Silent Night, Christmas carol

“I blow bubbles when you are not here.”
“My world crumbles when you are not here.”
I Try, Macy Gray

“I got no towel, I hung it up again.”
“I get knocked down, but I get up again.”
Tubthumping, Chumbawumba

“She’s got a chicken to ride.”
“She’s got a ticket to ride.”
Ticket to Ride, The Beatles

“You and me and Leslie.”
“You and me endlessly…”
Groovin’, The Rascals

“Are you going to starve an old friend?”
“Are you going to Scarborough Fair?”
Scarborough Fair, Simon and Garfunkel

“Donuts make my brown eyes blue.”
“Don’t it make my brown eyes blue.”
Don’t It Make My Brown Eyes Blue, Crystal Gale

“Got a lot of lucky peanuts.”
“Got a lot of love between us.”
Let’s Hang On. Frankie Vallee and the Four Seasons

“Hope the city voted for you.”
“Hopelessly devoted to you.”
Hopelessly Devoted to You, Grease

You are¬†singing along to these right now, aren’t you?

Go on, admit it – you are! ūüôā

books · horror · reading · review · thriller · words

‘Fraid so – it’s another book review!


Book: Small Things

Author: Joe DeRouen

Rating: 5


Shawn Spencer is attending the funeral of his best friend, whose sister Jenny  swears he was killed by a monster. Feeling guilty for the loss of his friend, Shawn tries to help Jenny with her grief, but comes to see that maybe she is not imagining the monster in the lake. Strange voices in his head lead him to realise that there is something very strange happening in Carthage,  and he believes he may have triggered the whole messy business after breaking into an old derelict house with Tanner shortly before his death. Shawn and Jenny grow closer as more weird  incidents occur, people go missing, his cat is found dead and the voices in his head become more threatening and personal.  As the police are called to investigate, the local sheriff, while still suffering his own loss,  is mystified to explain the events and later becomes embroiled in the plot to catch and kill the monster.

Social context:

Set in a time when kids rode their bikes, went swimming in the lake and generally had the freedom to play by themselves, this story is beautifully reminiscent of the innocence of youth, first love and strong childhood friendships. It is a tale of high adventure, touching sentimentality and fast-paced horror, which defines the very personal quest of a young boy and girl, fighting off evil on their own, but with so much at stake.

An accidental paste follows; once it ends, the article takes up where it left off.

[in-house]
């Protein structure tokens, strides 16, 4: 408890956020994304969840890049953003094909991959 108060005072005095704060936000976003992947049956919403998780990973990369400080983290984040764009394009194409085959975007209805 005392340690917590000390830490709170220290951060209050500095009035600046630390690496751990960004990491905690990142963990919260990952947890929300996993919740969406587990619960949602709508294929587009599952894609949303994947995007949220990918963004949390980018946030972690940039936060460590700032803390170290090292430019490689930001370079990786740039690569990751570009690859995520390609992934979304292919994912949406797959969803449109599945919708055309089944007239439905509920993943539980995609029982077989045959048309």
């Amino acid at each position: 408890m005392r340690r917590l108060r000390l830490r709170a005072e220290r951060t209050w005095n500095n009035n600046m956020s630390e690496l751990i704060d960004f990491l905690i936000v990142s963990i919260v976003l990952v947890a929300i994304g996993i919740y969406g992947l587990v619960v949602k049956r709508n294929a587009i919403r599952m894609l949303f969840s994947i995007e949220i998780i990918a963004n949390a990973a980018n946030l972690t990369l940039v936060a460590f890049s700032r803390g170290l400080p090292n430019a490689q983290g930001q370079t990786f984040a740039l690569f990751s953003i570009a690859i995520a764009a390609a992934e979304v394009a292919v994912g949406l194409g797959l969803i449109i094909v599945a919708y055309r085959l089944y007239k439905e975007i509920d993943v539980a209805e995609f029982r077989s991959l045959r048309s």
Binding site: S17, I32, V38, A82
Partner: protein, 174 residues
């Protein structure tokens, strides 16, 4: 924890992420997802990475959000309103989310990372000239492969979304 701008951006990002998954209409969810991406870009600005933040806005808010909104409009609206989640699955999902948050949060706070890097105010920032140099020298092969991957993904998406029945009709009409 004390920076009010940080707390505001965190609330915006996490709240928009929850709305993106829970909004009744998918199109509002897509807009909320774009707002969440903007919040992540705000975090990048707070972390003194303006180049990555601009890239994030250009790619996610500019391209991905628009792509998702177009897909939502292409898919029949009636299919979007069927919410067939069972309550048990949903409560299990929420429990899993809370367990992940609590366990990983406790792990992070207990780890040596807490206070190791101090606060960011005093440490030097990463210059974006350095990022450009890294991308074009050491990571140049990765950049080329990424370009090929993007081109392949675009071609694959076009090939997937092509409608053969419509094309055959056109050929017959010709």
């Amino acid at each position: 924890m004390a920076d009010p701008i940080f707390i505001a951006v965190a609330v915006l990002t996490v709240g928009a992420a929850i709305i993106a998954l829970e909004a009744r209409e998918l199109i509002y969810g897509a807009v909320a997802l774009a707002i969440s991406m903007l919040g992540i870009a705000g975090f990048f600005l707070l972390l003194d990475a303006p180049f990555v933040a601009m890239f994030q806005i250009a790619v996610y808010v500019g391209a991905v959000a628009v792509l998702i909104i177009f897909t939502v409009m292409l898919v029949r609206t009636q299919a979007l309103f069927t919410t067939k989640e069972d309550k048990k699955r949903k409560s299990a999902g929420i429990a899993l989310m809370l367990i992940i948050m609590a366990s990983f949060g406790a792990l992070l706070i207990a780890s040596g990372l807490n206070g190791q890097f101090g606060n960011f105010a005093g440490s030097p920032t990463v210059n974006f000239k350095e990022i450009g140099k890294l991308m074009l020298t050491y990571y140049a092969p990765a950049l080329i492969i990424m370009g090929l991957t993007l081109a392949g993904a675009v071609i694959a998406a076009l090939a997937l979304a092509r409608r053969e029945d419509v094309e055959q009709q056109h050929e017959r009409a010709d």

Writing style:

This is a very quick-paced novel, the reader is thrown in at the deep end, desperate to learn more about this monster. At times the story is bloody and graphic, the monster’s actions are easily visualised, the danger is palpable and the tension is high. If this were a movie, I’d be hiding behind the sofa on several occasions!¬†There are, however, elements of real-life sadness, grief and pain all mixed in with the emergence of new relationships, recovery and hope for the future. The characters are so well drawn, you can picture them clearly as you fly through the pages, seeking answers and instead finding more unexpected twists.

My thoughts:

Although this is not my usual read, I was pleasantly surprised at how much I enjoyed it. It was a real page-turner, leaving me totally engrossed and not able to put the book down. I will definitely be looking out for the next book in the series. Thank you Joe for bringing me back over to the dark side!

books · labels · words · writing

Identifying my genre…

Ever tried fitting a square peg into a round hole?

Well, that’s how I feel when I try to categorise my book into a particular genre.

Obviously, I have to choose one primary category, and I understand I can then mix things up a little as far as the sub-genres are concerned, but there has to be one dominant category to start with.

This  decision will then determine where my book is placed on those glorious shelves within the book store Рwhether on-line or in an actual store (yeah, I know, but I can dream!)


The main thread of my story is one of vengeance, whereupon justice is delivered and good conquers evil.

However, this can be interpreted in many ways:

Mystery / Crime / Suspense / Thriller

At least that has reduced my choices down to just four, but this is where is gets more difficult. Time to concentrate!

These categories are also all closely linked, and there is an element of overlap in each of them (nobody said it would be easy!)

A good mystery novel will include an intellectual puzzle that needs to be resolved.


This genre requires the perpetrator to be brought to justice.  

The reader must not know who the bad guy is until the end.

But if I violate this rule (and I do), does this mean I am not writing a mystery – does it now become a thriller?

suspense copy

The suspense needs to build, and the ending should be shocking and unexpected.

This category works for me, but is it a dominant category? Are there really bookshelves for ‘suspense’ tales or are they generally placed into the thriller or mystery section. Is ‘suspense’ ¬†a sub-genre or can it stand on its own?

Well, I hope so, because my story is not a thriller either.


The terms thriller and suspense novel are used interchangeably in the industry. They  come in many varieties, including action-adventure, technothriller, legal thriller, war novel, and spy novel.

No, sorry, but that’s not me!


Decision time: SUSPENSE is a dominant category.

It is the most appropriate genre for my tale of revenge.

My sub-categories are MYSTERY and CRIME.

One other key factor in my decision making process is that  the thriller genre is very marketable and also  highly competitive. The bestseller lists are packed with books in this category,  so breaking in may not be easy for new novelists.

Whereas the mystery / crime genre, although also a strong choice,  gives a writer a lot of options, and an unknown novelist  still has a good shot at breaking into this category (or so I am told!)

That, definitely, works for me! 

Phew! – Glad that’s over…